the position with this or any other person (nothing to do with the injury). How can we structure the termination discussion with the employee/contractor and avoid lit?
I'm a Michigan licensed attorney and my practice focuses on assisting employers with addressing employment law and litigation issues. While Avvo is a good resource for general legal inquiries, it is not a good forum for addressing the fact and legal specific issue raised in your question. To fully address your situation and evaluate what strategy makes sense for that situation, you should contact an experienced employment attorney. As part of that discussion, it will be important to evaluate the applicable contract, the circumstances giving rise to the injury, to clarify whether the person is an employee or a contractor (and whether that determination will hold up if it were legally challenged), the circumstances and/or reasons for terminating the relationship, etc.
I hope this helps and because of the sensitive nature of the issues involved with your question, be cautious about what information is disclosed on public forums like this in order to avoid loss of applicable confidentiality privileges that may exist.
I'm licensed to practice law in Michigan (www.shinnlegal.com). My response is provided only to educate the public about general issues that should be discussed with competent legal counsel in your state. Under no circumstances should you consider my response as a substitute for consulting an attorney in order to fully understand how the law may apply to your specific and unique circumstances.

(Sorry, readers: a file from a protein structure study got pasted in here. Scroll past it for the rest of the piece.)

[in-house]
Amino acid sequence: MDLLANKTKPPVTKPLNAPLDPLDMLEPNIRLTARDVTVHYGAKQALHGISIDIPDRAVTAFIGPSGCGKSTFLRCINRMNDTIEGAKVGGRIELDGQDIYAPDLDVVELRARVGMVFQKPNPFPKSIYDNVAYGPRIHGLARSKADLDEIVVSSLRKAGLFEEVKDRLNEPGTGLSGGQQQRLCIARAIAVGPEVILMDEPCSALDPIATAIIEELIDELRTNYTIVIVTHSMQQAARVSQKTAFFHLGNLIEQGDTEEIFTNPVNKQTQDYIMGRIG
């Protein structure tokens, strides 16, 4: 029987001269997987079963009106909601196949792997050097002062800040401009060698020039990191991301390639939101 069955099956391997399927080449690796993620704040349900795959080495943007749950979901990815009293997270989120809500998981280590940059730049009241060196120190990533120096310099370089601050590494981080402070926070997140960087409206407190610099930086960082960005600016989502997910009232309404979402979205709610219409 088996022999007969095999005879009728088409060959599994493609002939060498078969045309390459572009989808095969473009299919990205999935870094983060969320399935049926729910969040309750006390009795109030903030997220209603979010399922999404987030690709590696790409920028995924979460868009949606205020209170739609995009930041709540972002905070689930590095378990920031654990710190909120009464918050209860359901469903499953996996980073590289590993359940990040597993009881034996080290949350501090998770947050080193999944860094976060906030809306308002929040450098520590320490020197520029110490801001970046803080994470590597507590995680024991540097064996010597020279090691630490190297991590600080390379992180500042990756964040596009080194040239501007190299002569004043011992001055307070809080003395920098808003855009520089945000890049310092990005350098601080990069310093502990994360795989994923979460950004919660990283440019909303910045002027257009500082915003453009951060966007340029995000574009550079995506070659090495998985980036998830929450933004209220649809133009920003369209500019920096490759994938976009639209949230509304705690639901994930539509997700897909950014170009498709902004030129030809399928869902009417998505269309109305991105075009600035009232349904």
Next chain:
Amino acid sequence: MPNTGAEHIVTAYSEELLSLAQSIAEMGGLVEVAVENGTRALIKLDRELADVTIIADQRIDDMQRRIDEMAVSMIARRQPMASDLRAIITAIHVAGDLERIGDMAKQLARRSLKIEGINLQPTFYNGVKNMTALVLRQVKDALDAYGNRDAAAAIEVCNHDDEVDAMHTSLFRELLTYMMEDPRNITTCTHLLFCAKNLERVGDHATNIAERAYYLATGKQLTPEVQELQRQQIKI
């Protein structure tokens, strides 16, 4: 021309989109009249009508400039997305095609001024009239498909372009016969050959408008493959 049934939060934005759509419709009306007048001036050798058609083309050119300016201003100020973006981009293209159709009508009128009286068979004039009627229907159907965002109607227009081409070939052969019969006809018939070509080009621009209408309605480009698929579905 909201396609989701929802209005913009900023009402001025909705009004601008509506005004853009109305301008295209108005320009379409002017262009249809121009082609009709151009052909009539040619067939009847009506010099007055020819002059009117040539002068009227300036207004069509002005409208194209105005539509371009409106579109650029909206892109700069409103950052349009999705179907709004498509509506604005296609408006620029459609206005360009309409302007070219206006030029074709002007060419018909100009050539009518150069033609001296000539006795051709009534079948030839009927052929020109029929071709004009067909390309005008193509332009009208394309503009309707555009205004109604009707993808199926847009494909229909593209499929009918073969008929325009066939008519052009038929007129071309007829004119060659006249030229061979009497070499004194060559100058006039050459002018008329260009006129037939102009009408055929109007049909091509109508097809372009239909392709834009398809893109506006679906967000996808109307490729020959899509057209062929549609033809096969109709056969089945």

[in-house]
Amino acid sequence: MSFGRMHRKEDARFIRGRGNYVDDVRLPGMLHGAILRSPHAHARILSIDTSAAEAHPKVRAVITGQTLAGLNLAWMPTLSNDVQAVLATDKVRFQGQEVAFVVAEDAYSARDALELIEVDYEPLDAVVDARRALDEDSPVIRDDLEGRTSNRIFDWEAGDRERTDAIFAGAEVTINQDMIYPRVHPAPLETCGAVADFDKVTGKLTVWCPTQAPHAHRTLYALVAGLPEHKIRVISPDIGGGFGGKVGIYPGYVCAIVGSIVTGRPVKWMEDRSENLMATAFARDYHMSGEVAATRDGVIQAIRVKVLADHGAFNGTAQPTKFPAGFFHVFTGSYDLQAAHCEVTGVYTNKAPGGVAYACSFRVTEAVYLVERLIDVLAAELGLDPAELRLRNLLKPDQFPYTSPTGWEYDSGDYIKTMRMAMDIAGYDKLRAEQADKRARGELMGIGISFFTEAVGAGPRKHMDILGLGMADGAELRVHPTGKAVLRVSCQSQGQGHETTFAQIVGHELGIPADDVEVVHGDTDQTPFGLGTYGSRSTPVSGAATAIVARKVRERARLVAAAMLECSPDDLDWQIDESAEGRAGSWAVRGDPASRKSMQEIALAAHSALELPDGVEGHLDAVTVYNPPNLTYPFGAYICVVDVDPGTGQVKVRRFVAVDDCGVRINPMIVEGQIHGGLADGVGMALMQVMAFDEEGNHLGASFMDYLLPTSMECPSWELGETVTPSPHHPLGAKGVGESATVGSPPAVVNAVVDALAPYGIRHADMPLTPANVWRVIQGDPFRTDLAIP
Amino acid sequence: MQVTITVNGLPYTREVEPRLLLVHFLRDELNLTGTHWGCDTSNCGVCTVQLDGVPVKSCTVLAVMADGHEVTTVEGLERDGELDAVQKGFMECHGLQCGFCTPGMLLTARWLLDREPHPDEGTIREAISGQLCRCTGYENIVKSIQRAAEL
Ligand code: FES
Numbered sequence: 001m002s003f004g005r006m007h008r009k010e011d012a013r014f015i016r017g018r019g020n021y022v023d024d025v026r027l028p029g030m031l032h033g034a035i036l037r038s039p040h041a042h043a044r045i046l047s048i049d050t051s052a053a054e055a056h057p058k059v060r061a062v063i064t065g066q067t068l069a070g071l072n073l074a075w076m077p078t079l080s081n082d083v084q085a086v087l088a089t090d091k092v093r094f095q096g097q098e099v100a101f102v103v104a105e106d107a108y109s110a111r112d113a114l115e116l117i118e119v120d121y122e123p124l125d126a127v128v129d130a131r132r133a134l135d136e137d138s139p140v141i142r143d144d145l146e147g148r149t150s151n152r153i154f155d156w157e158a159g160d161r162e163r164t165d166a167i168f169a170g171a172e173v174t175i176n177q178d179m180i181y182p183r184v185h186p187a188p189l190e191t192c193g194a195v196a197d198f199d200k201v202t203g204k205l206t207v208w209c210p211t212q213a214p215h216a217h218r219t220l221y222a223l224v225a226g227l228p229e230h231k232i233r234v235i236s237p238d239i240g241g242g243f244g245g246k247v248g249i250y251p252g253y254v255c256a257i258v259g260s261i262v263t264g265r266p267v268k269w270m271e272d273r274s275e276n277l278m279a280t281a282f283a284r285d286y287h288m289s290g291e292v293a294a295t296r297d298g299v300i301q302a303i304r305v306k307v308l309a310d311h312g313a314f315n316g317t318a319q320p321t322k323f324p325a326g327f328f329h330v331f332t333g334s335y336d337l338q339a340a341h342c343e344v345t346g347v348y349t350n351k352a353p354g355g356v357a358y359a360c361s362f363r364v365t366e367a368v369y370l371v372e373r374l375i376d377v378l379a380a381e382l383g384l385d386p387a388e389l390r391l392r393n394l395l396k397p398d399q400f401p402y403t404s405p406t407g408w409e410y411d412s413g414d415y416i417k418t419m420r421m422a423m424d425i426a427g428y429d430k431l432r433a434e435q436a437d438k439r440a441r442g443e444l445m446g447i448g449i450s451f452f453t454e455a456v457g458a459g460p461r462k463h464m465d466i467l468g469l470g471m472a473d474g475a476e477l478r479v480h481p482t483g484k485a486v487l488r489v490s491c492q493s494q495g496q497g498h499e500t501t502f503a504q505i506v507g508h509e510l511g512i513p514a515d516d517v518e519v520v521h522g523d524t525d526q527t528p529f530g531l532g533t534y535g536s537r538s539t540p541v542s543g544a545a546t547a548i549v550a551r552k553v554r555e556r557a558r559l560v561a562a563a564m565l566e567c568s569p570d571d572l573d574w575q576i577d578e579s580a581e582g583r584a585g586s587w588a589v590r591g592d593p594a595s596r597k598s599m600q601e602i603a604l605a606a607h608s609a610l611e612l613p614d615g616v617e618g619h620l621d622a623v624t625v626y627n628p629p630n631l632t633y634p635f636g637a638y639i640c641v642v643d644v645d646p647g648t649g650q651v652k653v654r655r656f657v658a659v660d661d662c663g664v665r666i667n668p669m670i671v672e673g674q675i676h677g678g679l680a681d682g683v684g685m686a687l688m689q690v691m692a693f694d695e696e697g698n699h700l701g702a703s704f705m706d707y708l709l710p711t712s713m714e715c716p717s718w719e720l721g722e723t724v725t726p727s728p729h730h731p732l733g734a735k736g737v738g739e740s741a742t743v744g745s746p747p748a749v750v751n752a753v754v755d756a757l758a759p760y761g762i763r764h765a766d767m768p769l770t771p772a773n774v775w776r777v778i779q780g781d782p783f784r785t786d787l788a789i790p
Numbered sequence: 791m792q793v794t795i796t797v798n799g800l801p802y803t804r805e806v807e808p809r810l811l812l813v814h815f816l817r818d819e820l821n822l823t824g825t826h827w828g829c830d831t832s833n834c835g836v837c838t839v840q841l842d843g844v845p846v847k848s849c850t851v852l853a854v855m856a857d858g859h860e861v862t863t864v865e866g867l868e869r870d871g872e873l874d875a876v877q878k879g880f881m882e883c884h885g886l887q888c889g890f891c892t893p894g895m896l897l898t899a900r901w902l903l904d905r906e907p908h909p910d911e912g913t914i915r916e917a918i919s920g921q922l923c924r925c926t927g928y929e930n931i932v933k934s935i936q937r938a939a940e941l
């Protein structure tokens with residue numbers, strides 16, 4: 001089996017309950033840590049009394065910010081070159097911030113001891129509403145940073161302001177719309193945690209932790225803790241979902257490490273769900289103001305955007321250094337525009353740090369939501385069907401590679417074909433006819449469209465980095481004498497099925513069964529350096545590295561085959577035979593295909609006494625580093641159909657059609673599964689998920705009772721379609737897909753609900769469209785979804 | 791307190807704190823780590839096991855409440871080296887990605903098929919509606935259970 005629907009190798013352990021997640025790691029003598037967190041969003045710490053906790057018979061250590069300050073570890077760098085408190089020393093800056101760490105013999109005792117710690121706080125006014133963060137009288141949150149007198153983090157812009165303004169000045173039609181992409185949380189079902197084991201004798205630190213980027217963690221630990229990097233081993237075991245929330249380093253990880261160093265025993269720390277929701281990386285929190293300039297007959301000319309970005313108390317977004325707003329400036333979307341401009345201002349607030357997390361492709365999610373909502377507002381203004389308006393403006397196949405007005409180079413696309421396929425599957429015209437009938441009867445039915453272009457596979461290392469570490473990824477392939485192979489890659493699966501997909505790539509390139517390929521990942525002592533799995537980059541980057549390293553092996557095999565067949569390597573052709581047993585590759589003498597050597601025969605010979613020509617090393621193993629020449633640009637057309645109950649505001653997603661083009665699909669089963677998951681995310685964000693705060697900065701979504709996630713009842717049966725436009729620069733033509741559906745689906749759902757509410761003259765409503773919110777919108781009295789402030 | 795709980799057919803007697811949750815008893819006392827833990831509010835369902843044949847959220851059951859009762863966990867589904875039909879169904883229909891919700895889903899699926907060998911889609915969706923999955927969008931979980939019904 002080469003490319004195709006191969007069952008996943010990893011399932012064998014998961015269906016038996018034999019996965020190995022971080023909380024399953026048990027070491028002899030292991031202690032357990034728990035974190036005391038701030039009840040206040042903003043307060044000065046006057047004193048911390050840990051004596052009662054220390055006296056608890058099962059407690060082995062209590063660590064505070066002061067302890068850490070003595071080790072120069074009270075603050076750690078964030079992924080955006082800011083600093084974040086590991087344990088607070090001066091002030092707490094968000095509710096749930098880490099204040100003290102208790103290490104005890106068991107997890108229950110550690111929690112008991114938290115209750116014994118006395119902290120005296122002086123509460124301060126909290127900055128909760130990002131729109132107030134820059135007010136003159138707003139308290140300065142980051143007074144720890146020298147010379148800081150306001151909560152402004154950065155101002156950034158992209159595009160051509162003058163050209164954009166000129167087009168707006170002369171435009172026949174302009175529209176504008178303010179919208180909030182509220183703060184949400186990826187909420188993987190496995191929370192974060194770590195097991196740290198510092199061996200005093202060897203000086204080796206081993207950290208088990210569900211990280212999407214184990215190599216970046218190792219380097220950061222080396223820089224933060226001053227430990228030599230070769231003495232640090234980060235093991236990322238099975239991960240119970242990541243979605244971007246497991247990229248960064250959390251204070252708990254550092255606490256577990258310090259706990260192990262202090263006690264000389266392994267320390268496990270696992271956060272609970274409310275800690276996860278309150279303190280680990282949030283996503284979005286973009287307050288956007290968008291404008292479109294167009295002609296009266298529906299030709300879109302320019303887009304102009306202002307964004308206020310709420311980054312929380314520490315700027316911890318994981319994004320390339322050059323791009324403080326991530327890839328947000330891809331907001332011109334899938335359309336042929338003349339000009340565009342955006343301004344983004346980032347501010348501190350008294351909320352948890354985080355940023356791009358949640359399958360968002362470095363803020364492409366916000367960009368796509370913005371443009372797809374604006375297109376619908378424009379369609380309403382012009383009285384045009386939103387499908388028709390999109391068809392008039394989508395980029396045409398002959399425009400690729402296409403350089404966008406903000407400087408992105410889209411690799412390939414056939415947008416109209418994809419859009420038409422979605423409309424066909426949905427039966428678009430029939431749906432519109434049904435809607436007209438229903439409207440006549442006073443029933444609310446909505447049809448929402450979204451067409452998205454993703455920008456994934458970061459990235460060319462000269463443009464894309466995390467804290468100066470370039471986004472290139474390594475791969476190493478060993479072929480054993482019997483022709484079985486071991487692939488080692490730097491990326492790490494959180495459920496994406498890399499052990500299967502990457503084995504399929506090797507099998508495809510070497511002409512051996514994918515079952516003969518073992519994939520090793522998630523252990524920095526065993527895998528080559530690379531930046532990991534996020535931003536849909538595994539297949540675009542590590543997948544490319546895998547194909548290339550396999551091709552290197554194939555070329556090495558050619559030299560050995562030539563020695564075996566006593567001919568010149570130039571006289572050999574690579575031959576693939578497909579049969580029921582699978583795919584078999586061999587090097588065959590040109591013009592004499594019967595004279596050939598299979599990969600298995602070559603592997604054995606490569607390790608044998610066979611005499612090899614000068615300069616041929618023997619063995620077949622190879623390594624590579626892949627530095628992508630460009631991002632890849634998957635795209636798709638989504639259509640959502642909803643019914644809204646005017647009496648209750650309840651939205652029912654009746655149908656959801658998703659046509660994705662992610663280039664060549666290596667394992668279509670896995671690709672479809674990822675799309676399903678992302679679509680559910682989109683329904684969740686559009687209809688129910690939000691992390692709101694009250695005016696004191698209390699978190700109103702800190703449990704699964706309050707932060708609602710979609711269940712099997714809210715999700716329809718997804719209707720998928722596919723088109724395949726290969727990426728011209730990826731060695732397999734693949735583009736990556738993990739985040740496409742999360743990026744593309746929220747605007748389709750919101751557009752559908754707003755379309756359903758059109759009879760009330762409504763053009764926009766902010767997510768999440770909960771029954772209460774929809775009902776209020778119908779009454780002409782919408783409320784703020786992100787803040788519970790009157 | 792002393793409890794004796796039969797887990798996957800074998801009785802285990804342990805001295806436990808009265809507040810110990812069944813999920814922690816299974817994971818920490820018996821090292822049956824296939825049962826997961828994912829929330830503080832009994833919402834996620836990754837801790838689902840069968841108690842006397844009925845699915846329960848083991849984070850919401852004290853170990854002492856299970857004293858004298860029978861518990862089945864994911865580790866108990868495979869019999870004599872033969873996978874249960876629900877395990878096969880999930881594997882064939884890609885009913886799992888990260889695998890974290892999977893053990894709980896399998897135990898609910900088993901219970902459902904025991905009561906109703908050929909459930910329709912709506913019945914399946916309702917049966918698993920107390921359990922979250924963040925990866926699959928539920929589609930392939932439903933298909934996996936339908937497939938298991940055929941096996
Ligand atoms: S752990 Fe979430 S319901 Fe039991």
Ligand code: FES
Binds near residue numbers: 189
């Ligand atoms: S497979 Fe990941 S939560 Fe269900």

Employment / Labor Attorney
Honor your contract.
When people try to circumvent
a contract . . . that's when problems
THIS ANSWER IS PURELY FOR ACADEMIC DISCUSSION ONLY AND DOES NOT CONSTITUTE ANY TYPE OF LEGAL ADVICE OR LEGAL REPRESENTATION.
Employment / Labor Attorney
You should tread carefully and consulting an employment attorney ahead of time is a good idea. What you need to avoid is giving this person the idea that his or her non-renewal of contract has anything to do with the injury. Couple of things an attorney would need to know is: whether someone else will be hired to replace this PA, was the injury work related, and what specifically does the contract say about renewal. To be honest, I don't think you can ever structure a termination to insure there won't be litigation. That's just not how people think. What you can do is position yourself so that any potential litigation will fail. By hiring a replacement that fits all of the same characteristics that the leaving PA has, such as gender, race, age, etc., you position yourself to defeat any type of claim.
Each employment situation has unique facts and circumstances. This means that information and advice cannot be taken literally and should be used as only informational. The information provided here is not legal advice and should not be interpreted as such.